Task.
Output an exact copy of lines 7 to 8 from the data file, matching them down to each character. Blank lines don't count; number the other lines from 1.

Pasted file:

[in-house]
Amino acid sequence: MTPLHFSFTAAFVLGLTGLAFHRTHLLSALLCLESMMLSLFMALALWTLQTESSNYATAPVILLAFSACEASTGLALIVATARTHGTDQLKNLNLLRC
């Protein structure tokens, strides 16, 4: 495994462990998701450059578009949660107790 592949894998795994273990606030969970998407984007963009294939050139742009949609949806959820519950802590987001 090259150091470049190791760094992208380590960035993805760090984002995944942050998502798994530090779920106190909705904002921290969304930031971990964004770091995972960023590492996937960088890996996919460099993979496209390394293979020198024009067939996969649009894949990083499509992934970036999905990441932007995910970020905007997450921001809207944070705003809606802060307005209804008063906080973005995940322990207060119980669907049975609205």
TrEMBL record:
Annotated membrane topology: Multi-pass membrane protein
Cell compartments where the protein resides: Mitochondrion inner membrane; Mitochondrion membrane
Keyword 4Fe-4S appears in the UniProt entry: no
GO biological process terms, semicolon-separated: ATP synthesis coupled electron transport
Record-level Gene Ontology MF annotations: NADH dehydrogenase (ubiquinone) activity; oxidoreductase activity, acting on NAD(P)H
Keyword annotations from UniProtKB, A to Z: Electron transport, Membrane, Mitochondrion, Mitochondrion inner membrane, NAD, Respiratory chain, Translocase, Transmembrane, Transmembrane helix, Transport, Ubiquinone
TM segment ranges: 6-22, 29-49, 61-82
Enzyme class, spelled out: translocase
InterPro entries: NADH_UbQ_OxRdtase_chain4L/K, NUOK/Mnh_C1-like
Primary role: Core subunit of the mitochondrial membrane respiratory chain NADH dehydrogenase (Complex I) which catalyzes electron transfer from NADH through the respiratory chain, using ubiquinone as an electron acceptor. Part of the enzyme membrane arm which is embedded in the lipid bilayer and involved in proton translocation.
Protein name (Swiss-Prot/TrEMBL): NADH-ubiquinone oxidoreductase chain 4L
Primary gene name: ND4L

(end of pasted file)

Keyword 4Fe-4S appears in the UniProt entry: no
GO biological process terms, semicolon-separated: ATP synthesis coupled electron transport